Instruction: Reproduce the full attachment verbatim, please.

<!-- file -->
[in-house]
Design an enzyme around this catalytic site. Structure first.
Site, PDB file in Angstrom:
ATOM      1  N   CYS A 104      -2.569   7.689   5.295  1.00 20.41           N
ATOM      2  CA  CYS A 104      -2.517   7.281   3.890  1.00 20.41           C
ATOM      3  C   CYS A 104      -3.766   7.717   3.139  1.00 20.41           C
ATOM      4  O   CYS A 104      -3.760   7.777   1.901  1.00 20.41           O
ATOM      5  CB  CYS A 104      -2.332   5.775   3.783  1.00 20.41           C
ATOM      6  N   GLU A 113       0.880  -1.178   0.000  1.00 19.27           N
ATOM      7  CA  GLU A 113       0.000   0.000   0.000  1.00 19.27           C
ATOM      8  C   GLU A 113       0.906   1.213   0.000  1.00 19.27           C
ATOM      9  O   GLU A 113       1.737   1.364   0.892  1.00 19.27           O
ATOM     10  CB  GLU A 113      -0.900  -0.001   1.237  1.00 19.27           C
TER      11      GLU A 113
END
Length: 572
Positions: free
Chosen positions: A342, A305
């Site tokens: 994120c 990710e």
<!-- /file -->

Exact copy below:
[in-house]
Design an enzyme around this catalytic site. Structure first.
Site, PDB file in Angstrom:
ATOM      1  N   CYS A 104      -2.569   7.689   5.295  1.00 20.41           N
ATOM      2  CA  CYS A 104      -2.517   7.281   3.890  1.00 20.41           C
ATOM      3  C   CYS A 104      -3.766   7.717   3.139  1.00 20.41           C
ATOM      4  O   CYS A 104      -3.760   7.777   1.901  1.00 20.41           O
ATOM      5  CB  CYS A 104      -2.332   5.775   3.783  1.00 20.41           C
ATOM      6  N   GLU A 113       0.880  -1.178   0.000  1.00 19.27           N
ATOM      7  CA  GLU A 113       0.000   0.000   0.000  1.00 19.27           C
ATOM      8  C   GLU A 113       0.906   1.213   0.000  1.00 19.27           C
ATOM      9  O   GLU A 113       1.737   1.364   0.892  1.00 19.27           O
ATOM     10  CB  GLU A 113      -0.900  -0.001   1.237  1.00 19.27           C
TER      11      GLU A 113
END
Length: 572
Positions: free
Chosen positions: A342, A305
């Site tokens: 994120c 990710e």